Post Traumatic Stress Disorder (PTSD)
What is Post Traumatic Stress Disorder (PTSD)?
PTSD is the name given to a set of symptoms that sometimes follow major traumatic events. The traumatic event can be a single incident or take place over many months or years, and might include:
- A major disaster
- Serious traffic accidents
- Rape or sexual abuse
- Domestic violence
- Physical assault
- Military trauma
- Traumatic childbirth
- Witnessing a violent death or other major traumatic event
- Other situations in which a person was very afraid, horrified, helpless or felt their life was in danger.
What are the symptoms of PTSD?
PTSD sufferers often experience repeated and intrusive distressing memories of the event. There may also be a feeling of reliving (or ‘re-experiencing’) the event through ‘flashbacks’ or ‘nightmares’, which can be very distressing and disorientating. There can also be physical reactions such as shaking and sweating.
Because these memories can be very intense and upsetting, some PTSD sufferers may avoid people or situations that remind them of the trauma, or try to ignore the memories and avoid talking about the event. Some people may also forget significant parts of the traumatic event. Other people will think about the event constantly, which stops them coming to terms with it (they may, for instance, ask themselves why the event happened to them or how it could have been prevented).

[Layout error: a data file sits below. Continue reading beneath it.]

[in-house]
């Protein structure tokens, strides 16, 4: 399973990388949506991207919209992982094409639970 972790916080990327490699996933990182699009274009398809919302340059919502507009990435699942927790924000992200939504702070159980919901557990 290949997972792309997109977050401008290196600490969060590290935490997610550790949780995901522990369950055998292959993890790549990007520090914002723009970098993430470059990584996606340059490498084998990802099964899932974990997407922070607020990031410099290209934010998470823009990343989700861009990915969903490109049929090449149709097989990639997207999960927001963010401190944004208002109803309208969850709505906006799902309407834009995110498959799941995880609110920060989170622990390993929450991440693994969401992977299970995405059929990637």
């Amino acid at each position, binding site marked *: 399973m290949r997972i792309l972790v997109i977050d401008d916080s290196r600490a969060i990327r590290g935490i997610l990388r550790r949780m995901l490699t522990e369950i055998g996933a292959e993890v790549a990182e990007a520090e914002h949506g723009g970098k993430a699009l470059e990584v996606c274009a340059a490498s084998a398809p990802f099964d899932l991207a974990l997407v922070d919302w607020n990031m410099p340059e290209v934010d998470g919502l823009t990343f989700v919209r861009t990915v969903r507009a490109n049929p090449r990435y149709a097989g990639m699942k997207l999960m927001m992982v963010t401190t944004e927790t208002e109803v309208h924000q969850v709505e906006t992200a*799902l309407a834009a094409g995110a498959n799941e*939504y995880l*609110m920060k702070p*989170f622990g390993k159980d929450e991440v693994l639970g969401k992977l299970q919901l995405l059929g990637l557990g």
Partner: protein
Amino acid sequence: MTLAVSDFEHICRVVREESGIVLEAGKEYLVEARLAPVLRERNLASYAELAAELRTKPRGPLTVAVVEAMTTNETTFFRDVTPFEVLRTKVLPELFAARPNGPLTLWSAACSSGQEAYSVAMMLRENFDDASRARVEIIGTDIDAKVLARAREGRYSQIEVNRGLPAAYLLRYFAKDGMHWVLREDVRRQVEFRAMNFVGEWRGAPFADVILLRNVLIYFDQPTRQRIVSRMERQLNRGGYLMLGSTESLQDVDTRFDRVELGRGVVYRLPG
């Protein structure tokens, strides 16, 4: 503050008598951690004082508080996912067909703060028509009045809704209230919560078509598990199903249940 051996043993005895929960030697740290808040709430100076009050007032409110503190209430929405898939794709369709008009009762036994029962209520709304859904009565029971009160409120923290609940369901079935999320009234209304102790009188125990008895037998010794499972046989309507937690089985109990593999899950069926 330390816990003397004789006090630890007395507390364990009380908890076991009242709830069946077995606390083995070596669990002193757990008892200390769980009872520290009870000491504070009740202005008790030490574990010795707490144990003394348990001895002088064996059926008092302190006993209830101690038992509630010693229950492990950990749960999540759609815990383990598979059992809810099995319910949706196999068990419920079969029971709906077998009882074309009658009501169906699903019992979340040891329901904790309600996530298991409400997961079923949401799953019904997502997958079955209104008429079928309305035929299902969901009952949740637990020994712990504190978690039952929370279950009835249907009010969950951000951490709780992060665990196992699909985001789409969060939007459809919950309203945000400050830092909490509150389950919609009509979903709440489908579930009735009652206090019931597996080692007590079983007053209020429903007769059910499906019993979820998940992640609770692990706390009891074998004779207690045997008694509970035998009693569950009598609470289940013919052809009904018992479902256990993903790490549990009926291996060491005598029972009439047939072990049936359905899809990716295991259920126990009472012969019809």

PTSD sufferers may have emotions or feelings that are difficult to deal with, such as guilt or shame, or they may feel that they do not deserve help. They may also feel anxious or irritable, and find it difficult to concentrate and sleep. For some people it can mean that doing ordinary things like going to work or school or going out with friends become very difficult.
Who might develop PTSD?
Anybody involved in a traumatic event can develop PTSD. A range of factors can contribute to whether someone might develop PTSD. These include: the nature of the event itself, how the person feels they coped at the time, previous trauma history, previous history of other mental health difficulties and how other people support and react to the person afterwards.
How common is PTSD?
Up to one third of people who have experienced a traumatic event develop some PTSD symptoms. Studies estimate that around 7% of people will suffer from PTSD at some point in their lives. Other problems such as depression and anxiety disorders are common alongside PTSD. Increased alcohol use and drug use can also become a problem for some people.